Saturday, June 30, 2012
Who has heard of a Derecho?
It’s scary. A Derecho formed mid-day in the Midwest and raced across to the MidAtlantic. It reached here in northern VA at about 11:15 PM. The gust front was very sudden, and blew a tree limb from a neighbor’s onto my cable line. Power went off just before the front arrived. The heavy storm lasted maybe three or four minutes, and did not seem all that bad. No basement flooding. A few shingles off the top of the roof. Maybe something hit it.
But today, it’s impossible to get in touch with Comcast. 800 number always is busy. Agent chat session times out. And Dominion is not reporting any customers back up yet. In this neighborhood, one set of traffic lights works, another doesn’t.
Even the local TV stations on the Internet, WJLA7 or NBC4, have little details. Dominion Power’s own site’s numbers haven’t changed, and I can’t get the outage map to come up. Try this link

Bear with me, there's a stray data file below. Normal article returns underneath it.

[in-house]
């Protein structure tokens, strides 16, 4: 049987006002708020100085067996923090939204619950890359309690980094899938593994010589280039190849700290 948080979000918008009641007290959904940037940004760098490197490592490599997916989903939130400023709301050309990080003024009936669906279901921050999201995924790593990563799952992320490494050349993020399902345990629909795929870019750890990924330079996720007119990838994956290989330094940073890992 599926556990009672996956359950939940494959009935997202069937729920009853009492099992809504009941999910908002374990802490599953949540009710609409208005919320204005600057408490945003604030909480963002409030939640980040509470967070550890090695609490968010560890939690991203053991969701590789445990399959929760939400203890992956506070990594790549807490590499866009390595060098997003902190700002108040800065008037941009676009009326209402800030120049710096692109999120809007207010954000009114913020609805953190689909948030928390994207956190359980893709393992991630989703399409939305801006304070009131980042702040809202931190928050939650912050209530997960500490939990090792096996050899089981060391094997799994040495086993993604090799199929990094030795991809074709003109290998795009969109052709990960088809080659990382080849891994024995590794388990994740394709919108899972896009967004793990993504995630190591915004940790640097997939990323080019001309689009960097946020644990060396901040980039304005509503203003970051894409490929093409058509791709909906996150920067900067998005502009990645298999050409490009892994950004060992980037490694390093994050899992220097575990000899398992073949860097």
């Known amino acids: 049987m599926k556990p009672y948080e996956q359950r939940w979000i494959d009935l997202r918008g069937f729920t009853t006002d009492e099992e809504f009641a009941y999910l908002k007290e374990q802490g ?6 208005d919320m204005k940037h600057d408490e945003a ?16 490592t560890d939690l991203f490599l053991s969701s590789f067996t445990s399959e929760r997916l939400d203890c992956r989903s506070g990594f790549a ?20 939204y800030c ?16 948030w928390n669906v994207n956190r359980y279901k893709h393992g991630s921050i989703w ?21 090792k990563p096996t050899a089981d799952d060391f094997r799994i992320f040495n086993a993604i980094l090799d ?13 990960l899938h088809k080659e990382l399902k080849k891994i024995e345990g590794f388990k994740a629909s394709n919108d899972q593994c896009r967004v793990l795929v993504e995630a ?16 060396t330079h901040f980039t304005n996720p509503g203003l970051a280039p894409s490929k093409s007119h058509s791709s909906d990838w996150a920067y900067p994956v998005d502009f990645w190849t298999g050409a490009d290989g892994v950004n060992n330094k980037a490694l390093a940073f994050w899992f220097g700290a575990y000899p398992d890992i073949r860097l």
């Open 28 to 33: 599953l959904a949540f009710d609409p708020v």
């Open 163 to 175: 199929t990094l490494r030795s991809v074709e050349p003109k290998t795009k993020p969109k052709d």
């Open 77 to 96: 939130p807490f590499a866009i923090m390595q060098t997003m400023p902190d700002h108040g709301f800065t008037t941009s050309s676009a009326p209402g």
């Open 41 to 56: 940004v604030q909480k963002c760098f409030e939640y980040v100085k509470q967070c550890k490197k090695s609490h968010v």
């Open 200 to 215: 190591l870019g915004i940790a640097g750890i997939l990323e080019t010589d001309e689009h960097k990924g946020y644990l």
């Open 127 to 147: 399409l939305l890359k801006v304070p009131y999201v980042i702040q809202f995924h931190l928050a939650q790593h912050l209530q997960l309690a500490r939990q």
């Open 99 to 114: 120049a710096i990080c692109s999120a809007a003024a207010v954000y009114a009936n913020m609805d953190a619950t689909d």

And the scenario could repeat today.
I’ve stayed connected with the iPad hotspot. It dropped once, but it has worked reasonably well so far. If the Verizon Internet connection drops, it seems that if you let it power off (and turn the hot spot off) and then turn it all back on, it reconnects – although Windows 7 will give you a new session.
I do have a generator, thanks to an estate. It’s noisy, but so far it works. Yes, it’s fine if others want to recharge their laptops and phones or cool off.
Be prepared. But a vulnerable infrastructure can make individuals fail, or throw them into more interdependence. We depend on others, who we “pay”, to do dangerous utility work in trying conditions that we couldn’t personally handle. But companies are not as well prepared as they could be.
Storms like this happened a lot in Ohio in the summer when I was a small boy. Just about every week. In those days, there was less that could get damaged. In a densely populated, forested suburb they are disasters. Why do people let trees grow so close to houses and power lines? It’s asking for it.